Between Openness and Security: CFIS 23 – Roundtable ‘Looking for a design of Europe’s Screening Mechanism(s)’

By Leonard von Rummel, BLOMSTEIN and Ass.-Prof. Dr. Lena Hornkohl, University of Vienna / CELIS Deputy Director

The annual conference of the CELIS Institute dealt with the pivotal question of Investment Screening and Economic Security and its current challenges. CFIS 2023 was held in Prague from 11 – 13 October 2023 and consisted of a private and a public part.


Following an insightful keynote speech by Damien Levie on the future of the FDI Screening Regulation, we had the honour and privilege to moderate one of the first public panels on Thursday. The panel brought together four experts from different screening authorities with Petr Lang, (Czech Republic), Pierre-Marie Voegeli (France), Dr Alexandra Leoni (Austria) and Dr Angelika Milger (Germany) as well as Dr Dimitri Slobodenjuk (Clifford Chance), an experienced private practitioner in the area of FDI screening. The discussion circled around the future of FDI control in Europe, with the panelists reporting from their practical expertise.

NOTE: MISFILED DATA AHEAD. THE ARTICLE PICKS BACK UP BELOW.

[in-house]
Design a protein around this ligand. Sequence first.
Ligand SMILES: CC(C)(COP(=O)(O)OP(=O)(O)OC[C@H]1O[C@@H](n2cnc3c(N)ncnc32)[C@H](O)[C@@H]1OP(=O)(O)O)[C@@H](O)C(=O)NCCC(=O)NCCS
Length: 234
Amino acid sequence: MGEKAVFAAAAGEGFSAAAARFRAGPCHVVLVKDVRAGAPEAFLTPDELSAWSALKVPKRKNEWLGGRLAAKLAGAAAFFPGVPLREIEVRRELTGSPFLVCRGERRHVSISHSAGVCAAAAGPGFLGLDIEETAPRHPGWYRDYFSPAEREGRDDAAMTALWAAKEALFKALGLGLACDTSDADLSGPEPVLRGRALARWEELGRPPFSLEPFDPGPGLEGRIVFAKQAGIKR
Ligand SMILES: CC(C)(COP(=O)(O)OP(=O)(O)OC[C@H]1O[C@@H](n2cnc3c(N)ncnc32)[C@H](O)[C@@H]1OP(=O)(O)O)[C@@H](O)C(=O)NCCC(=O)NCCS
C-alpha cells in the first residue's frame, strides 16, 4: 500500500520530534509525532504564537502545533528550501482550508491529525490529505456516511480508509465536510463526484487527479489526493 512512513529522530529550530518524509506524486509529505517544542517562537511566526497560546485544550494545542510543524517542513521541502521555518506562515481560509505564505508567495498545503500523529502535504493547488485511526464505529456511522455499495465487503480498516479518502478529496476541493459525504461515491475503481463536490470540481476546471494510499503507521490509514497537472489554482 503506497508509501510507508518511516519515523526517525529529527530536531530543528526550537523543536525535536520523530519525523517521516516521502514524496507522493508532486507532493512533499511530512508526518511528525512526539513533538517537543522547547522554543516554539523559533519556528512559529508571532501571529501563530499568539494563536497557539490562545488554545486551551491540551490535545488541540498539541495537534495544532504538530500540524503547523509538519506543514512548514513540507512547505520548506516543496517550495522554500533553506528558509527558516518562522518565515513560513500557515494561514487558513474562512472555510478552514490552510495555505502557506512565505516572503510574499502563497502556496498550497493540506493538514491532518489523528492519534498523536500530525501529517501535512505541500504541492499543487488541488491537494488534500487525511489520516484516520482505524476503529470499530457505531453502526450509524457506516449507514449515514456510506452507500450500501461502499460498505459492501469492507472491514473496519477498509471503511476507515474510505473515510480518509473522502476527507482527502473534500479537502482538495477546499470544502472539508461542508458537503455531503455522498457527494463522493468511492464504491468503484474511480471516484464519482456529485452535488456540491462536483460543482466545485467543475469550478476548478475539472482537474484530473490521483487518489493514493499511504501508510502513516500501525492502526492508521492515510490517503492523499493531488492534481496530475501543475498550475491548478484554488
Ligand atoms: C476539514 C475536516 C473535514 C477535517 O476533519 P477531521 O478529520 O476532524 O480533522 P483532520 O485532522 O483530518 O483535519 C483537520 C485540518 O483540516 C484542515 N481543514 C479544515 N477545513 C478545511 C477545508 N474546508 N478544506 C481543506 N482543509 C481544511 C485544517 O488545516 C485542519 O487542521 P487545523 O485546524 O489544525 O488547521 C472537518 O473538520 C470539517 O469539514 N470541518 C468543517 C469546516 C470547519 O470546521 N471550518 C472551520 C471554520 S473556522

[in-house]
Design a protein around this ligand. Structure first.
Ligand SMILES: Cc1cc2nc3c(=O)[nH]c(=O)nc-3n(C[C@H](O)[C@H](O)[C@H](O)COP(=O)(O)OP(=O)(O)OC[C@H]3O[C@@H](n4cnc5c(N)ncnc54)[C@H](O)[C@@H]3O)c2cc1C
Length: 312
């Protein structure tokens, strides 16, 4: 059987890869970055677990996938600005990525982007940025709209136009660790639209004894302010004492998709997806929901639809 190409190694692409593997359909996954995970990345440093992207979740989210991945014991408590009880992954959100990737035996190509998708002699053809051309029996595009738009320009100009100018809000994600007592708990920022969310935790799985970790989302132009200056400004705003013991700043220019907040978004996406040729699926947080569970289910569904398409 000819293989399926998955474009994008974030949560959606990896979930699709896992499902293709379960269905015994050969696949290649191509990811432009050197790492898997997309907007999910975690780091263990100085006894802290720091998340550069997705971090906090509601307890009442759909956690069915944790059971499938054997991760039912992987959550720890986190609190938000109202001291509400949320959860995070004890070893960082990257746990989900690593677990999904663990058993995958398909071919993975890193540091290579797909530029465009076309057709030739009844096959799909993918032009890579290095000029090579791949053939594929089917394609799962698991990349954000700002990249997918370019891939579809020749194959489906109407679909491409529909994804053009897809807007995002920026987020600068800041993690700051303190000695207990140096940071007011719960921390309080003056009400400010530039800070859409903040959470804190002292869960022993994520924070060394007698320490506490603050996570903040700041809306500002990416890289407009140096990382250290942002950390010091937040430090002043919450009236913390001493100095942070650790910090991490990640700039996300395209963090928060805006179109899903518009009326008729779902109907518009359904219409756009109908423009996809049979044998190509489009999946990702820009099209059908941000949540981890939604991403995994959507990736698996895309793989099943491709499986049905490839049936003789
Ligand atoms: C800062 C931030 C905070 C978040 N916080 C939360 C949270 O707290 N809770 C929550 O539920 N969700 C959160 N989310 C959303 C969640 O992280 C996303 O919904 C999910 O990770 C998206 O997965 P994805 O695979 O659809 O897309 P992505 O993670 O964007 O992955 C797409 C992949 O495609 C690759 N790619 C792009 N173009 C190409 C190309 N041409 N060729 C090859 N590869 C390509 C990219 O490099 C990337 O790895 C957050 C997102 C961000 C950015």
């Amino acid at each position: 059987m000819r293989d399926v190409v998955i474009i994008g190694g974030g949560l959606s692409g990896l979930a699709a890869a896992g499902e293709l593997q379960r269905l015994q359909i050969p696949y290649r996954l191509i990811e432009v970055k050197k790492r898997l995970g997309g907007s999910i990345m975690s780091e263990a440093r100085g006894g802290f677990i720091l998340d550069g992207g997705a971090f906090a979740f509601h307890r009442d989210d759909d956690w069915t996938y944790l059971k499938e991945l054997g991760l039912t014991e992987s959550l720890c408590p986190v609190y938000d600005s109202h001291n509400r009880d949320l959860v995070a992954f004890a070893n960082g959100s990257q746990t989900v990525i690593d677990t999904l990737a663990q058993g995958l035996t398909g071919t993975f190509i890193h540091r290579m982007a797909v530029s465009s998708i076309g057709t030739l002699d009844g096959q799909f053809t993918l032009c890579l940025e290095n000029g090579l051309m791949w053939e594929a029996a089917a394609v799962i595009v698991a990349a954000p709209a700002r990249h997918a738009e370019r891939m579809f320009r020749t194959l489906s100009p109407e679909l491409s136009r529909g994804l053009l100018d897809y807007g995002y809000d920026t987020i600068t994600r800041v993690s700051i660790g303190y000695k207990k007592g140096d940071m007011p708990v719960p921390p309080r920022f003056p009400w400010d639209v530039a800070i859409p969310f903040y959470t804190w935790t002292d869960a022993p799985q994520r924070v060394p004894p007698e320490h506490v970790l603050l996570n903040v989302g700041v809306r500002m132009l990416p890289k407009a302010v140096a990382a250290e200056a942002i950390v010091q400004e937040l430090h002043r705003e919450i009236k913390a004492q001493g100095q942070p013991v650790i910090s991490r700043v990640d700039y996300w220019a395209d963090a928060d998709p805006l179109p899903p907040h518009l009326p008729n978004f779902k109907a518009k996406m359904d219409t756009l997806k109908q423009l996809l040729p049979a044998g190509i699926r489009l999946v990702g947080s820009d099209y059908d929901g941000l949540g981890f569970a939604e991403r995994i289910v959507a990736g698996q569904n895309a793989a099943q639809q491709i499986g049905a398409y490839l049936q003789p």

In the ever-evolving landscape of foreign investments and economic competitiveness, Europe faces a pivotal decision on how to strategically position its investment screening mechanisms for the next five years. Balancing security concerns with economic growth is paramount, as Alexandra Leoni pointed out in her intervention:

  • Balancing Security and Investment: Investment screening should find a delicate equilibrium between addressing security risks on one hand and not overly hindering foreign investments on the other.
  • Universal Screening Mechanism: Every Member State should possess a screening mechanism. A uniform approach enhances security and minimizes potential loopholes.